THE casually-dressed young woman approaches the bus shelter, intent on checking the timetable.
She edges past the somewhat gaunt, middle-aged man who appears to be doing the same thing. Maybe she noticed the look he gave her, and maybe she didn’t. Young women are used to being looked at as they go about their business.
What is almost certain, though, is that she didn’t know that the man she practically had to brush by is a violent rapist who almost murdered his victim.
Murphy, who spent 10 years in prison for a rape and attempted murder which shocked the country, now goes to work by motorbike at around 4am every morning.
He shops in local shops close to his home and goes on the occasional fishing expedition with his Dublin friend.
The two men were filmed going fishing together and, on one occasion, taking a train from Amsterdam's Central Station to another unknown city for a weekend.
Murphy, who now looks haggard and drawn, avoids contact with local people in the area where he lives, most of whon are either working class Dutch or immigrants from outside Europe.
The sexual predator regularly orders food from a fast food outlet close to his home.
And he can also buy his hashish, if he wishes, in a coffee shop a few yards from his home.
While those around him have no reason to know of his terrifying past, it is understood Dutch police were alerted to his presence in Amsterdam by Europol who classify him as a "dangerous person".
Officers have visited Murphy to "check" his travel documents but during our investigation there was no indication that he was under any police surveillance.
The Herald has learned that Murphy's victim is still terrified that he may return to Ireland and has been in regular contact with gardai when rumours circulate that he is returning to Ireland.
Murphy became the most feared sexual predator in recent Irish history when he was convicted of the horrific rape and attempted murder of a businesswoman in February 2000.
He never offered any kind of explanation for his horrific attack to either detectives or his family or now-estranged wife. He later pleaded guilty.
While in prison Murphy refused to take part in counselling.
Because his crime predates the Sex Offenders Act, Murphy is not obliged to register as a sex offender.
Murphy was secretly filmed over several months by an investigation team as part of a special TV3 report on Murphy's current whereabouts which is due to be broadcast tonight.
The investigation, in conjunction with the Herald, reveals that despite hundreds of reported sightings of him by terrified women across the country, Murphy has not lived anywhere in Ireland since his release from prison in August 2010.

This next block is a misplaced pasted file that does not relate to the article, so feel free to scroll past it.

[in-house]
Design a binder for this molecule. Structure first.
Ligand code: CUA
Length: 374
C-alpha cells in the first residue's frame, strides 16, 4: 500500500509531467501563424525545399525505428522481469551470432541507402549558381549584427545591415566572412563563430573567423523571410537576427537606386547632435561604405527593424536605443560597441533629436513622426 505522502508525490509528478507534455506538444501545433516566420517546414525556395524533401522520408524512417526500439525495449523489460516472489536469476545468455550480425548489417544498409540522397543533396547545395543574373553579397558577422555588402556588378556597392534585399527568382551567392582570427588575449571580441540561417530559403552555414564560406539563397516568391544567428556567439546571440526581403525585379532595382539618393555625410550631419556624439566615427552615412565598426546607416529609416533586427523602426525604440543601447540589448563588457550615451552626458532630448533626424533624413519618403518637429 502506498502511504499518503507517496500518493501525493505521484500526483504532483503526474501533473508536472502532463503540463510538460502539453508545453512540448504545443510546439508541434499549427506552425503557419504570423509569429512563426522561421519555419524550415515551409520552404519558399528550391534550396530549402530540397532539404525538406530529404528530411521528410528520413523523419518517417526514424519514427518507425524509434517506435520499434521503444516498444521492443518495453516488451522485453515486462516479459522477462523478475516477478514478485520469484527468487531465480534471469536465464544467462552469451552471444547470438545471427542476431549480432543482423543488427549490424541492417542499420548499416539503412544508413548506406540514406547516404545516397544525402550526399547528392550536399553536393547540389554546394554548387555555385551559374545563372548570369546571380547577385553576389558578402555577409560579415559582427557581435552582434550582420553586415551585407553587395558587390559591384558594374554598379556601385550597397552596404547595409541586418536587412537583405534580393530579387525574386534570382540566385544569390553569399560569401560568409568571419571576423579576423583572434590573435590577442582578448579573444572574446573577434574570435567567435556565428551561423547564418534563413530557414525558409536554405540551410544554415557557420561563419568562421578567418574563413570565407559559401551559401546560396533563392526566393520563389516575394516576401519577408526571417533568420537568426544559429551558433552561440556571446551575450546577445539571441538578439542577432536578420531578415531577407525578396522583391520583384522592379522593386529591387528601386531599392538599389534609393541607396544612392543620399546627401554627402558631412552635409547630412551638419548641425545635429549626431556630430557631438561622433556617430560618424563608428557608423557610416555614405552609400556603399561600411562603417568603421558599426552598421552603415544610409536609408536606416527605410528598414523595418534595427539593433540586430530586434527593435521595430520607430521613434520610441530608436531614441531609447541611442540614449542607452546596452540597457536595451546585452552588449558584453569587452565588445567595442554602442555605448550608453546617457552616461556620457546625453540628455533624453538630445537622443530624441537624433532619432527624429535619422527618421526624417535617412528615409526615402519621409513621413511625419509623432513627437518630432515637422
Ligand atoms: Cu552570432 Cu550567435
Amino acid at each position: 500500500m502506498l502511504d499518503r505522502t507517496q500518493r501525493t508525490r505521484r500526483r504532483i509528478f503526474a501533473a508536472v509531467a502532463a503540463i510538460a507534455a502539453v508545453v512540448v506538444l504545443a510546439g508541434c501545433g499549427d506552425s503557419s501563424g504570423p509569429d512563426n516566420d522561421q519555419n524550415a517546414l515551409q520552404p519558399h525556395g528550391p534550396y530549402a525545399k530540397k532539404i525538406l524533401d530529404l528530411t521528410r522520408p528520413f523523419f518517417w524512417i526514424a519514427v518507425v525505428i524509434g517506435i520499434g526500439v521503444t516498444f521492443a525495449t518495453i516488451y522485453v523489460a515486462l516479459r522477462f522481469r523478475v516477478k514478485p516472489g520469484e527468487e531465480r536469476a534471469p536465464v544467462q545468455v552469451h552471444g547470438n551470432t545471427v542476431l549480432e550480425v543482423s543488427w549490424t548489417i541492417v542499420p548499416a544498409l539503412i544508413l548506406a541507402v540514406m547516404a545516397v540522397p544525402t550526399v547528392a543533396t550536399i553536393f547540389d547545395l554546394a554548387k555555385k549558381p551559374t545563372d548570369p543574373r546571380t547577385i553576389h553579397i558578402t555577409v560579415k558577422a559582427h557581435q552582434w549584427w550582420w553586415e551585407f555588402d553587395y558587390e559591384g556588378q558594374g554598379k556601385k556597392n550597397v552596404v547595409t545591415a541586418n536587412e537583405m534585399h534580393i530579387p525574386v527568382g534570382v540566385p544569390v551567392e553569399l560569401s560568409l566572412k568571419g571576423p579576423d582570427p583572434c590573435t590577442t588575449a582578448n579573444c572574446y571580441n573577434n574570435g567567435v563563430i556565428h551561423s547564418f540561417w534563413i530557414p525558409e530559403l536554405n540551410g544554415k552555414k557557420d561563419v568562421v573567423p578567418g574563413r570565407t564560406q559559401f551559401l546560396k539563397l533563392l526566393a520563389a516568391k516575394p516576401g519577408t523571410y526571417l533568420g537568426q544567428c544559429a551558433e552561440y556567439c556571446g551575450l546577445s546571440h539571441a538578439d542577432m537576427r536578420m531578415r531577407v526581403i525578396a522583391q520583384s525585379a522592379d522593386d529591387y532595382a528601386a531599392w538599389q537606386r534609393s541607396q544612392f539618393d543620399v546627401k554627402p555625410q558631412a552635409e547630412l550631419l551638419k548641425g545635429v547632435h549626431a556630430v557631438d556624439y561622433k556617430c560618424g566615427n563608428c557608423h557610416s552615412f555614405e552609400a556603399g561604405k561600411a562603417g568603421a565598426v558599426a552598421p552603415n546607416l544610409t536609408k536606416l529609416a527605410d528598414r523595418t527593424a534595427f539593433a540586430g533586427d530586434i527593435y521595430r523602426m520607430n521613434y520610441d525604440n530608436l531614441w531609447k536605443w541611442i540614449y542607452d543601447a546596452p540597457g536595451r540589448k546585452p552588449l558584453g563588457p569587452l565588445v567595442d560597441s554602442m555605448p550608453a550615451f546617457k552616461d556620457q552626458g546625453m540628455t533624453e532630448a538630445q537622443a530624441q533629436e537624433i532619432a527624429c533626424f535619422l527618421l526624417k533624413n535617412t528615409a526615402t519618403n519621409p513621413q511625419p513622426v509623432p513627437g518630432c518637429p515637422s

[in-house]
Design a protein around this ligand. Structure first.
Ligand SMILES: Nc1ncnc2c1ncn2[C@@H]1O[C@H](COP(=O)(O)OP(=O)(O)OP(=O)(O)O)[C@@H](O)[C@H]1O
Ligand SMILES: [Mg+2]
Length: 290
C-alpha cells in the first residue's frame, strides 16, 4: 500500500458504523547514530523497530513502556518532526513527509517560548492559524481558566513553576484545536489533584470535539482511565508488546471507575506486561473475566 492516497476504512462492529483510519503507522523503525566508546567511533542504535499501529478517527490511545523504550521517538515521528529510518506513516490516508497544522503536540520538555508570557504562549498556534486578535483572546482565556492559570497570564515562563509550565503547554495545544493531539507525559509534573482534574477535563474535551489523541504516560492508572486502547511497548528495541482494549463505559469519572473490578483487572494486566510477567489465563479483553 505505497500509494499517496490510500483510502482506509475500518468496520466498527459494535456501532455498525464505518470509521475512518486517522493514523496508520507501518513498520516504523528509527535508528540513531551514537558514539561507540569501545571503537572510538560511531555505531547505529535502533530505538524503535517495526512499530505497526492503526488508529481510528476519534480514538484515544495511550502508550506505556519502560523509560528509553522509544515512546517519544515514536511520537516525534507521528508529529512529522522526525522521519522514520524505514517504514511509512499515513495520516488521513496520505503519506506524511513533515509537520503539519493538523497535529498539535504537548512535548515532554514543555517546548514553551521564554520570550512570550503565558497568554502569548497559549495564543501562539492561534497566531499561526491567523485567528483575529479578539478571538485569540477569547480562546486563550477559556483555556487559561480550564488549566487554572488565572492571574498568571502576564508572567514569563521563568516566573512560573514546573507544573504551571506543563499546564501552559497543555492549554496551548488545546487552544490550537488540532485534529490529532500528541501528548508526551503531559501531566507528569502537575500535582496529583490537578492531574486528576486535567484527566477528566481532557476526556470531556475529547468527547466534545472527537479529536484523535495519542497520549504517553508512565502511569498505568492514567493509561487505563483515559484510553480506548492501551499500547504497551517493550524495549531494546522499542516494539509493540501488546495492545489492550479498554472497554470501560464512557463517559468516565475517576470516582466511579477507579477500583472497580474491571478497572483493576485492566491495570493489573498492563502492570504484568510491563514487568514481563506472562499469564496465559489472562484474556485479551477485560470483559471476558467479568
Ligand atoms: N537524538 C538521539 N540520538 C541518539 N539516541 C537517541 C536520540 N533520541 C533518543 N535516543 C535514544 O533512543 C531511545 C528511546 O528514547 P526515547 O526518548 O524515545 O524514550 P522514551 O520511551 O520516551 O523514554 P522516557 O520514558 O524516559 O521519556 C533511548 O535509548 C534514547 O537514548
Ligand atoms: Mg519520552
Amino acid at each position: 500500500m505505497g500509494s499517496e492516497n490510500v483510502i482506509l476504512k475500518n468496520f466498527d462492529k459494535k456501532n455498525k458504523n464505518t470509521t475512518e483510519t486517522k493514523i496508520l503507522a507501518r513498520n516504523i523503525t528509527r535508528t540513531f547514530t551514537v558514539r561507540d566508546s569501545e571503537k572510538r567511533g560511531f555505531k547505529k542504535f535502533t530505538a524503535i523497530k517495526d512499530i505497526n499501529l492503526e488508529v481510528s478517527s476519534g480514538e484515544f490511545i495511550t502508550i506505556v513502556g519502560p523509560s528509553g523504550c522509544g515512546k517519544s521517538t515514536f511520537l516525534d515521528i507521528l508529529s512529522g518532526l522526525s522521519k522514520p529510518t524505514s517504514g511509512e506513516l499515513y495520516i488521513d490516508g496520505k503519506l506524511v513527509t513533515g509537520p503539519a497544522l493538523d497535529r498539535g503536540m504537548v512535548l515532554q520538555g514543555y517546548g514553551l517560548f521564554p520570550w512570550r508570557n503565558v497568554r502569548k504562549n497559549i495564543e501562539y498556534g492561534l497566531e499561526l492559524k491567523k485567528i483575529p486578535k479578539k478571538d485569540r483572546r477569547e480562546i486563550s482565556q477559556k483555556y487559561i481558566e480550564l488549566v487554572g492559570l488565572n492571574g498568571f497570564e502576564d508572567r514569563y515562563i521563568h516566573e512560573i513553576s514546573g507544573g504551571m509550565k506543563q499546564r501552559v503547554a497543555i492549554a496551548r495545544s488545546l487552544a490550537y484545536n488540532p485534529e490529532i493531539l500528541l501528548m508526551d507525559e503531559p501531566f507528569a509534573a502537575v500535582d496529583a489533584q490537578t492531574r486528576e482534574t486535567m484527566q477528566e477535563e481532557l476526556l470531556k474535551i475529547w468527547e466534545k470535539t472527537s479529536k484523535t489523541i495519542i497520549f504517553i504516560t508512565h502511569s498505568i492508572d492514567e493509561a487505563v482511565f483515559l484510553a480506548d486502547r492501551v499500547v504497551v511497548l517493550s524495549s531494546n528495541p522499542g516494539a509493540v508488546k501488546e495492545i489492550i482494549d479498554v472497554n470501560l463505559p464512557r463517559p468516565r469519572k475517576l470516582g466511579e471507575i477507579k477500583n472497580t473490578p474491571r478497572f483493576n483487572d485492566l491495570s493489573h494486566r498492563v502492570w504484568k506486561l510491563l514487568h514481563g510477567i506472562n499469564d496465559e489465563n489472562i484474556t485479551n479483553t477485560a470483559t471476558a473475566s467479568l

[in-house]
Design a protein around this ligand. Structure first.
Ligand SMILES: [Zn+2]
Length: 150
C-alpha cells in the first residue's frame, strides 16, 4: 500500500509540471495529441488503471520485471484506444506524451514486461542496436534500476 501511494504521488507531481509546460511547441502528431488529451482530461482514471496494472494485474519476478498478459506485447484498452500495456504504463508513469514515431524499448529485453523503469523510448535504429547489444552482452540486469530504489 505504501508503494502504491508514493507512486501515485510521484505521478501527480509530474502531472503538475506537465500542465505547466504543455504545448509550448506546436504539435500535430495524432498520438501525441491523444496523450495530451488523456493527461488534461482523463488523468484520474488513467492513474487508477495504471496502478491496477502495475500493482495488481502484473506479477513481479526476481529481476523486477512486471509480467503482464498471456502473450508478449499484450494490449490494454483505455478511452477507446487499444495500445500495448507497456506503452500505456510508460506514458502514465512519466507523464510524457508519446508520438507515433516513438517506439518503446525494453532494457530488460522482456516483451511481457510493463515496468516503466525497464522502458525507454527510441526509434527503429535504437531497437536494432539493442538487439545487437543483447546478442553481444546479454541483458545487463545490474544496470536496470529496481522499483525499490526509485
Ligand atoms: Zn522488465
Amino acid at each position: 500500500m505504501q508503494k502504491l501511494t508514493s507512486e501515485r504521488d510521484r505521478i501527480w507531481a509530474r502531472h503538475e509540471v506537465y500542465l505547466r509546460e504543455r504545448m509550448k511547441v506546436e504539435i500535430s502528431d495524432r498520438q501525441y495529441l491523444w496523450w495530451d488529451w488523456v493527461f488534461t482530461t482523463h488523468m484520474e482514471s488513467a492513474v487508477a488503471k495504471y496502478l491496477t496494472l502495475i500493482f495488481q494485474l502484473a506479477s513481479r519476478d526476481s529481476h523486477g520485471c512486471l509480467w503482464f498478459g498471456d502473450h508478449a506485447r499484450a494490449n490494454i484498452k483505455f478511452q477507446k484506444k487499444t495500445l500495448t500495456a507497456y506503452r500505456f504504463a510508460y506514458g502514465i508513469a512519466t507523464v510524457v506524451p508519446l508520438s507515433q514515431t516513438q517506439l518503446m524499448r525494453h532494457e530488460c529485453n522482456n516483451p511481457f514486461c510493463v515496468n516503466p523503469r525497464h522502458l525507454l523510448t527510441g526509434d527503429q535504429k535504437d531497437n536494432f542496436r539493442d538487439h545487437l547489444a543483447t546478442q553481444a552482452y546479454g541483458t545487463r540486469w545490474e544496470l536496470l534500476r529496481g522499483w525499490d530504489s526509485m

The feared sex attacker was snapped by photographers Padraig O'Reilly and Ciaran McGowan over several days between July and October.
At the same time he was supposedly spotted in several locations around Ireland including Longford, Leitrim and Limerick.
Just last month, companies operating in the Danville Business Park in Kilkenny hired extra security staff to protect employees after rumours spread that he was living in the area.
Another report claimed that he had moved to South America. However, Murphy has spent all his time between Barcelona and Amsterdam.
He has vowed never to return to Ireland because he is terrified of being lynched by an angry mob and hounded by the media.
When we finally confronted him in the street a number of weeks ago -- at the same time as his reported sighting in Kilkenny -- he refused to answer our questions and sprinted off down a side street.
Garda HQ in Dublin first issued an international alert about Murphy when he left the country in August 2010 following his release from prison after serving 10 years for the abduction, multiple rape and attempted murder of a young woman he had been stalking.
In the report, gardai outlined Murphy's horrific attack and how he is suspected of being responsible for the disappearance and murder of three women, Annie McCarrick, Jo Jo Dullard and Deirdre Jacob.
They also furnished the European police agency and Interpol with pictures of the Murphy and his passport has been "flagged" at all border crossings throughout Europe to alert local police to his presence.
The last time Murphy was in Ireland was June 2011 when he returned to the country for three weeks while awaiting a replacement for his passport.
He lost the passport in Barcelona where he had been working since his release from prison in August 2010.
However this was the first time Spanish police realised he had been living in the city after he reported his passport stolen at a local police station.
The same news investigation team also confronted Murphy just after he arrived at Dublin airport on that occasion.
Murphy, who was in hiding in Dublin throughout his three-week stay, left the country on a ferry from Rosslare to Cherbourg.
He slipped out of view when he bought a ticket on a train bound for Spain from Paris.
TV3's Midweek will air tonight at 10pm